Jacob Lawrence, Magic Man (1958)
October 21, 2002:
The importance of a man in my life.
Her vision of "manhood" is John Wayne. She equates masculinity with dominance,
femininity with surrender, childhood with powerlessness.
"When I marry again, I'll marry a man who'll say, 'Jump!'. And you'll answer, 'How high, sir?'"
For a time she considered sending me to military school. Not sure anymore what my age was. Maybe five or
six. Before kindergarten, I believe.
Thin woman with died black hair in that Jackie Kennedy flip. Holds a little boy by the hand. Sweet smile,
red sweater, very, very skinny. Early '60s. A multistory building of brick, unusual in California, set within
a wide expanse of mown grass and deep green trees, unique in California. There's an East Coast sort
of manicured look to the place. Young boys in cadet uniforms parade in lock-step around the grounds. They've
got real rifles on their shoulders.
The issue for her was "discipline," which she felt unable to provide. In her mind this was a male role.
The symptom that most worried her was my malnutrition, based on refusal to eat enough food to gain weight. Her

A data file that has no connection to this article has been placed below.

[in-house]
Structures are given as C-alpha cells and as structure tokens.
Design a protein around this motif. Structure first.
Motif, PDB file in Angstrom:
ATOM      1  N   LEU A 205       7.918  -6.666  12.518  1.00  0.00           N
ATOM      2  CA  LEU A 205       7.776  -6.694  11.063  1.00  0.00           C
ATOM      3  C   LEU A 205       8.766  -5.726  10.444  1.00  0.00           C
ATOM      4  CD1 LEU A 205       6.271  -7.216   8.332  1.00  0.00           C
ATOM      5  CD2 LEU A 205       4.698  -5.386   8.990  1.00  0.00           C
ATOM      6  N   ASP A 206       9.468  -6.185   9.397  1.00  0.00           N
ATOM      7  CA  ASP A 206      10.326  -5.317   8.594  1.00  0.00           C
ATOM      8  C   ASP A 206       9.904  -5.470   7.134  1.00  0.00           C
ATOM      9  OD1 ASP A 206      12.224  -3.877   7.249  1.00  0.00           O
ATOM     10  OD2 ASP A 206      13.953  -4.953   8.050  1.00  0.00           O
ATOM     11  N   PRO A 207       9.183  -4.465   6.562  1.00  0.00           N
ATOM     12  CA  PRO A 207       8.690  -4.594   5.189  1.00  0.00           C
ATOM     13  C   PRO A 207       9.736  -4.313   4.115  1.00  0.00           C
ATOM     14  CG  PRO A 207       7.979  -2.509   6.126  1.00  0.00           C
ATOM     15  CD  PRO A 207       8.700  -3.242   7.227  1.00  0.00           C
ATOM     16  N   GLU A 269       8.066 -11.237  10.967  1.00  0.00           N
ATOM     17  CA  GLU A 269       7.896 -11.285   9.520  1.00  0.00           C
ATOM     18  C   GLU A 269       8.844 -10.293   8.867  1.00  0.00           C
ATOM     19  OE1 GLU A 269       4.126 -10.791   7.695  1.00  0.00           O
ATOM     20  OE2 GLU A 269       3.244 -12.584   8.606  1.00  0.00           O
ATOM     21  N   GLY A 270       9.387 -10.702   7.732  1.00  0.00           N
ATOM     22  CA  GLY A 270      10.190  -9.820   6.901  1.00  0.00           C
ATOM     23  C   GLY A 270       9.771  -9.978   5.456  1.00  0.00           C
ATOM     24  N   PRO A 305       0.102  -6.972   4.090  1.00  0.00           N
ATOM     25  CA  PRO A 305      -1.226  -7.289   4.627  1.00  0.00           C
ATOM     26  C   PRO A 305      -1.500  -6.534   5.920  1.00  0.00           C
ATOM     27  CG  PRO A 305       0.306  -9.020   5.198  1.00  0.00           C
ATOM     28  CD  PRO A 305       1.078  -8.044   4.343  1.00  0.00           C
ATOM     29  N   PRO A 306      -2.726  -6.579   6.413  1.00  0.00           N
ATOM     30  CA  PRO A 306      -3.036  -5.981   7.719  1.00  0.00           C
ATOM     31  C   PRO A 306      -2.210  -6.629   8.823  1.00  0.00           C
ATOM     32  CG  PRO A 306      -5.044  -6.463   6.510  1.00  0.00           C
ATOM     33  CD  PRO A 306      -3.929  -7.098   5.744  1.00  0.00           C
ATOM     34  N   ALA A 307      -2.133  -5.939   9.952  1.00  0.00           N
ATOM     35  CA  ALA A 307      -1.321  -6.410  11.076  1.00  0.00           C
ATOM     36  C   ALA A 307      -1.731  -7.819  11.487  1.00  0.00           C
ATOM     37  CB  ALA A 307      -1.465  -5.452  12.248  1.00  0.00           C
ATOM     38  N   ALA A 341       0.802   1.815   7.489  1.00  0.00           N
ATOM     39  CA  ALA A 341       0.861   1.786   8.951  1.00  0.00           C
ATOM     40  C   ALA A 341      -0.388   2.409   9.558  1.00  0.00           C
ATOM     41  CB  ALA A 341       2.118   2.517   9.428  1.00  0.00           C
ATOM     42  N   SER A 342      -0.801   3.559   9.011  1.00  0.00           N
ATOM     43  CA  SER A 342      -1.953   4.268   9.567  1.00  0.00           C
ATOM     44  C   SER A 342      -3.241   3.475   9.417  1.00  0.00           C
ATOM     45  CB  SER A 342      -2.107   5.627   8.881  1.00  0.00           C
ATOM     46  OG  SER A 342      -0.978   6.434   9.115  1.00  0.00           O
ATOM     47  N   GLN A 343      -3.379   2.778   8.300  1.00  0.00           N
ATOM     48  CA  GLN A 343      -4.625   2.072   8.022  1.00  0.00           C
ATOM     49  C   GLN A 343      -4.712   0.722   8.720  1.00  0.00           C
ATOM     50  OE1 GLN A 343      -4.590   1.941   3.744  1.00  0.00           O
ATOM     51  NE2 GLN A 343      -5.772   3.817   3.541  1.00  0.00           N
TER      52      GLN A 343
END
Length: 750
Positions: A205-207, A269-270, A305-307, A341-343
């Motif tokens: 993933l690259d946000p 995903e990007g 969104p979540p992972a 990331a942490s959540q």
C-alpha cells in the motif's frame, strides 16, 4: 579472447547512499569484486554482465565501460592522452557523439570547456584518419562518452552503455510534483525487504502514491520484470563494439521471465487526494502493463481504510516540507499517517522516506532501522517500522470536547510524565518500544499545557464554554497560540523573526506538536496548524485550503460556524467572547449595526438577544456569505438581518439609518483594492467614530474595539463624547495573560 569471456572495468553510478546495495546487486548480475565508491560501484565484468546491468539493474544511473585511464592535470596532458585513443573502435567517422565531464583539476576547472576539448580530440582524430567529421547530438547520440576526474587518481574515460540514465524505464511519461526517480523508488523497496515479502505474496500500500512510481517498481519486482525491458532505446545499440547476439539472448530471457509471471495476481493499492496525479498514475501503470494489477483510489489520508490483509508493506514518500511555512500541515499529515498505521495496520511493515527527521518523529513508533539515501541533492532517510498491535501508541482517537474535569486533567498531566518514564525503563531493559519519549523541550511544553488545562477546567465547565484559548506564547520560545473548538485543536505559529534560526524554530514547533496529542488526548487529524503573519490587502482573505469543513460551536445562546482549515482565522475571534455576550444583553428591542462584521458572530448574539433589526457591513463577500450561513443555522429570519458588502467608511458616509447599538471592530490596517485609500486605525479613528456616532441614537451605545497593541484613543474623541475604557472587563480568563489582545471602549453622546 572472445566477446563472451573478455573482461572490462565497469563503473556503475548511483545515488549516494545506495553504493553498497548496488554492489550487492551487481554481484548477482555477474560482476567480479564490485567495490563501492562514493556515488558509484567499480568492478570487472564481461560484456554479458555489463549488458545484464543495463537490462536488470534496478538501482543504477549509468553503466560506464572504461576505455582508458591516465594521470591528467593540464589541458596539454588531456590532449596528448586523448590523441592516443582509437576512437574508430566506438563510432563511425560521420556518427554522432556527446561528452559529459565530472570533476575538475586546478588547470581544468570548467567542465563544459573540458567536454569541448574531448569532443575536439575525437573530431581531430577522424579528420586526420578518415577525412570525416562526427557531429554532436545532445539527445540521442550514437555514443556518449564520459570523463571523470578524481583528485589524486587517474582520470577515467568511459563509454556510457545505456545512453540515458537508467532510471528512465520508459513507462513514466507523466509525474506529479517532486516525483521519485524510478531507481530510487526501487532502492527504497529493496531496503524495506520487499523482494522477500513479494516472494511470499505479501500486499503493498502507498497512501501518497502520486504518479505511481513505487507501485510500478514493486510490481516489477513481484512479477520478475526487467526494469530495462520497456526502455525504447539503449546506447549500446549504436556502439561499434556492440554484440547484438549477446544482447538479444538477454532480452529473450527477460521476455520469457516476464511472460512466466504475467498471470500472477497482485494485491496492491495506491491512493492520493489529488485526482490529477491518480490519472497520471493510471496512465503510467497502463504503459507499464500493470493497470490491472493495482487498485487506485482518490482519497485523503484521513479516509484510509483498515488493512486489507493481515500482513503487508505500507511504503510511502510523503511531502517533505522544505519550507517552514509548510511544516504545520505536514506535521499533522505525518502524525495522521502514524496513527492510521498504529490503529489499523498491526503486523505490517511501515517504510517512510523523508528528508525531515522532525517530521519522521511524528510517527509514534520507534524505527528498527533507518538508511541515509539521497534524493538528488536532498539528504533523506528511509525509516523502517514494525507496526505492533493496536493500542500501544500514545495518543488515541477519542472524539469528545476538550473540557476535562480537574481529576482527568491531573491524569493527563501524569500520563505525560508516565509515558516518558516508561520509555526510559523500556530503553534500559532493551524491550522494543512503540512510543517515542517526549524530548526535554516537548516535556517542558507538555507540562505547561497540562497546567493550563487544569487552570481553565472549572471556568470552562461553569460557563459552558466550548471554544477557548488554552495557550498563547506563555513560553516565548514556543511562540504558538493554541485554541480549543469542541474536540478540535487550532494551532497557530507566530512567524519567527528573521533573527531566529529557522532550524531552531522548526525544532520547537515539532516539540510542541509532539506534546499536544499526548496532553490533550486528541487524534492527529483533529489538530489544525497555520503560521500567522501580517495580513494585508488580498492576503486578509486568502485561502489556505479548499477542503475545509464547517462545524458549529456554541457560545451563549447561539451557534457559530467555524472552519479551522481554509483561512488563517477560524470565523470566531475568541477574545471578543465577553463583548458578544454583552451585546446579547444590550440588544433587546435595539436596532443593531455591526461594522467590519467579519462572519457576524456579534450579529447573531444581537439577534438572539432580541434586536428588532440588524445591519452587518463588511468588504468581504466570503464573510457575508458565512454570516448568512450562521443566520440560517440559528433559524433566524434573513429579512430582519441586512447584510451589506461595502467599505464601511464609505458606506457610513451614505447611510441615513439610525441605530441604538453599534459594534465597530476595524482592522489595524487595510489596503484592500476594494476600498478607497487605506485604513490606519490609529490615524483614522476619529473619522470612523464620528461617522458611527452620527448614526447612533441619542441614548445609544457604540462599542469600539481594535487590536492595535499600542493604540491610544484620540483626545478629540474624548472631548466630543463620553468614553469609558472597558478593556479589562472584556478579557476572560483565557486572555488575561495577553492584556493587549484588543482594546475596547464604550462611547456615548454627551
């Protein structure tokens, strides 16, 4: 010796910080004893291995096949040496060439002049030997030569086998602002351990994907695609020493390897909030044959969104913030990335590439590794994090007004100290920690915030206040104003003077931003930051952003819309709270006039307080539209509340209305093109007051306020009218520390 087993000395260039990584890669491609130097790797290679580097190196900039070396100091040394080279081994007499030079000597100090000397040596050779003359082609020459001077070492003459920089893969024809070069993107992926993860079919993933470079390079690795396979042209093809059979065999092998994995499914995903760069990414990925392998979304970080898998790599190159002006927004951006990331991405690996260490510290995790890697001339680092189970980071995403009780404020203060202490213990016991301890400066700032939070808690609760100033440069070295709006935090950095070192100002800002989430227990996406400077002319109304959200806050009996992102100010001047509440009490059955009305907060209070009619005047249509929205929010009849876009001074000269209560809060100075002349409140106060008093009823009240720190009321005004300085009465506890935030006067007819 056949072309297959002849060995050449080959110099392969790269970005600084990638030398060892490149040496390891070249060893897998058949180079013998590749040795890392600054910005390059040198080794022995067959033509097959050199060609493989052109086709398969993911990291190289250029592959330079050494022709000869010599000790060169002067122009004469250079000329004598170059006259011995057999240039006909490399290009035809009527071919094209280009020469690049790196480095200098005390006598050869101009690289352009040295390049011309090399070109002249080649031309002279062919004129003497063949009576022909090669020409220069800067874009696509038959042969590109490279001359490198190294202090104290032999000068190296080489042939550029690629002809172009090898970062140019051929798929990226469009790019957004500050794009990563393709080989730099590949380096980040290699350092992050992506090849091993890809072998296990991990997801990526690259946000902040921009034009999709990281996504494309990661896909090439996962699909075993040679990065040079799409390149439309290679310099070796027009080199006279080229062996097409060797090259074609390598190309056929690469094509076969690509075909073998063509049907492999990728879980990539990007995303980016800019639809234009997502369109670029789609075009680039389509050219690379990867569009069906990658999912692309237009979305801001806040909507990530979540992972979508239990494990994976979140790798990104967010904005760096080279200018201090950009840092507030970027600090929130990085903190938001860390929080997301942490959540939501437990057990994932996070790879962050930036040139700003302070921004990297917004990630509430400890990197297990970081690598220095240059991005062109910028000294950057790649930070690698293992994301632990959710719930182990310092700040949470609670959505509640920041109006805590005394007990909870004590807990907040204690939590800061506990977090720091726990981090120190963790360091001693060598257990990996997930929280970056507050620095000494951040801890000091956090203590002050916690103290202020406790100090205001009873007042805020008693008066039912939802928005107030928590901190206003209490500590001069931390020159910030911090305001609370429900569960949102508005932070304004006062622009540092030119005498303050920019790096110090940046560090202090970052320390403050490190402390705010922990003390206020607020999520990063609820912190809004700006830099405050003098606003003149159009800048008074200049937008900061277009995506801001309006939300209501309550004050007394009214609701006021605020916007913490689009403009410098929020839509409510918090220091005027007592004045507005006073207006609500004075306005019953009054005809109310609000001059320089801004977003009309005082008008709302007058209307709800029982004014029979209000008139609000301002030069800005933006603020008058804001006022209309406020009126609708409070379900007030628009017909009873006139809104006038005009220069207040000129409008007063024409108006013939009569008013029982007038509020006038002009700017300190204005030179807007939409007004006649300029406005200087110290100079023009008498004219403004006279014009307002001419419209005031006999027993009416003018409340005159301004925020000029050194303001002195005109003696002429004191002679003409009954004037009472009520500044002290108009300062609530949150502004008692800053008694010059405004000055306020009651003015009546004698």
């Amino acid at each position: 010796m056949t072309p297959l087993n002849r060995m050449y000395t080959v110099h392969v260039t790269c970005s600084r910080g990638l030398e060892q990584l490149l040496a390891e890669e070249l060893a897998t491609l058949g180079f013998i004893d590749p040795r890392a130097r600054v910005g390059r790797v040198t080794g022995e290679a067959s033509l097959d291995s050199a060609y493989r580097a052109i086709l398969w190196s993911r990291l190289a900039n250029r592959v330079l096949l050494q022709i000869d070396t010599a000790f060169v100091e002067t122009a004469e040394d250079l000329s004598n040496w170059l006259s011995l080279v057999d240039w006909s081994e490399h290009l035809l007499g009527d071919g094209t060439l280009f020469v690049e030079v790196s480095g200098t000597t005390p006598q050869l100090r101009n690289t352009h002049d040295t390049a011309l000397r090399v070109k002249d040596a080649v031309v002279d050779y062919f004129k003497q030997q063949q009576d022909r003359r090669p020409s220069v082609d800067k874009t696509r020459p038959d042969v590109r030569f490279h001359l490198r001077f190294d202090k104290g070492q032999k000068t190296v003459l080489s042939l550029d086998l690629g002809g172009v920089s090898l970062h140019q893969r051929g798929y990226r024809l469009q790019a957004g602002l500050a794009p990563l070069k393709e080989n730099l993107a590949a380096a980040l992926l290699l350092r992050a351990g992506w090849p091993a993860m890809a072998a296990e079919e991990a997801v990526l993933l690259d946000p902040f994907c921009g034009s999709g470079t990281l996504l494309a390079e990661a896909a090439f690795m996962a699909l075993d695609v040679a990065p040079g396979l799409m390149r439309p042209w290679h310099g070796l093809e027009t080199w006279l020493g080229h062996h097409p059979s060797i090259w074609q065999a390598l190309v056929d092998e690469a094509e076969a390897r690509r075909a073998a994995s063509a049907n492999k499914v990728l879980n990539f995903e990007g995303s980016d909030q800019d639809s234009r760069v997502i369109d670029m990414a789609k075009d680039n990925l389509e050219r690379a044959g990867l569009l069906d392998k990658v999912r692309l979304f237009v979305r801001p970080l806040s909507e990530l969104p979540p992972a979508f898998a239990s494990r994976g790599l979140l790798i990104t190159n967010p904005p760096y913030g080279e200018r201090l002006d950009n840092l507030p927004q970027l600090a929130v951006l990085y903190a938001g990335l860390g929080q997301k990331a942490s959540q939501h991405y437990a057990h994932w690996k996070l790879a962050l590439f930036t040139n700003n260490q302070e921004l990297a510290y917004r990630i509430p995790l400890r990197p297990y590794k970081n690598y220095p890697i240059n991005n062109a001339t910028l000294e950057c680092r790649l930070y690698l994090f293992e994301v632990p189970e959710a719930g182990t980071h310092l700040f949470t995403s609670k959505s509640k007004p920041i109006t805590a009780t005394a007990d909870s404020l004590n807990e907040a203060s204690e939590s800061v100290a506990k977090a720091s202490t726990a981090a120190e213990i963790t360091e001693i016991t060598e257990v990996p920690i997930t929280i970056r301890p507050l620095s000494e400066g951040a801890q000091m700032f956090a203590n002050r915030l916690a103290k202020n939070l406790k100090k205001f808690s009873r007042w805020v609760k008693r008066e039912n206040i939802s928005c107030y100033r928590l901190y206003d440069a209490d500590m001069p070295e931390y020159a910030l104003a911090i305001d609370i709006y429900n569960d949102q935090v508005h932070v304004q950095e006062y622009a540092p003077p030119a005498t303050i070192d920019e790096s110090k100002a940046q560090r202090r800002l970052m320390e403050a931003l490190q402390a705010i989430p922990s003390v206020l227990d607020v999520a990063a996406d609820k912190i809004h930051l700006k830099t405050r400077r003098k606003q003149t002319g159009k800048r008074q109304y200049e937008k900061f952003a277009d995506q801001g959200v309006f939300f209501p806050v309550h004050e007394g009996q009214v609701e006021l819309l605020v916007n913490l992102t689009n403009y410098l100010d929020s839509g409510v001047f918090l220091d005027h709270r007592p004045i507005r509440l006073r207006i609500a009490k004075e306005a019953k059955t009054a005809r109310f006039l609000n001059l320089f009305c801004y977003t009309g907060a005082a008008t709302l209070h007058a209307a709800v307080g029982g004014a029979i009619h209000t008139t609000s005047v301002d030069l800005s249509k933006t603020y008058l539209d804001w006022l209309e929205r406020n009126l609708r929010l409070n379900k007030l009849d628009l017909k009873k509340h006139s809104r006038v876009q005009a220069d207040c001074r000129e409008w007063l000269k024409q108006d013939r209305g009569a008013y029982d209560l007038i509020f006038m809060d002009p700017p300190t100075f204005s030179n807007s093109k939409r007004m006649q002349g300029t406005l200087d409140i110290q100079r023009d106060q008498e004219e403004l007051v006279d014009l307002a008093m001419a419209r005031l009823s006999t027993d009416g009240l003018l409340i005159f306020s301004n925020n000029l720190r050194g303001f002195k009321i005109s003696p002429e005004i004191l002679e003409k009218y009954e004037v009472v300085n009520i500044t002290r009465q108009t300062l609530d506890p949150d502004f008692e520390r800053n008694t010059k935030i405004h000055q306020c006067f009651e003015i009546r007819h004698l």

fear was that The Authorities would judge her An Unfit Mother. It's important to capitalize those phrases, which
loomed before her mind's eye like squadrons of baton-wielding police, marching in lock-sync with some vague
sorts of experts in white lab coats. Men like these were going to take me away from her, any moment now, for being
Little boy in press-creased khaki trousers. Black leather shoes, shined. Stiff collar. Long sleeves, with
cufflinks. Khaki suspenders with gold-colored clasps. Military haircut with Brillcream.
This little manikin is me, for 18 months or so. If it's necessary to be military to avoid being separated from my
mother, I'll be even more military than the military.
In the end she's unable to part with me, and so I grow up without a rifle in my hands. She never remarries, so
I also grow up without John Wayne in the house. I make it through boyhood without male role-models,
discounting her strange, machoburger and vaguely ominous fantasies which even as a child I recognize as cartoons.
Talk about dodging bullets.
2001, Pacifica, CA. "You need to start being careful. You've reached the age when men start having
trouble with their backs."
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© 2002-2013 Mark Phillips.
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This writing is fiction. Please don't confuse it with reality.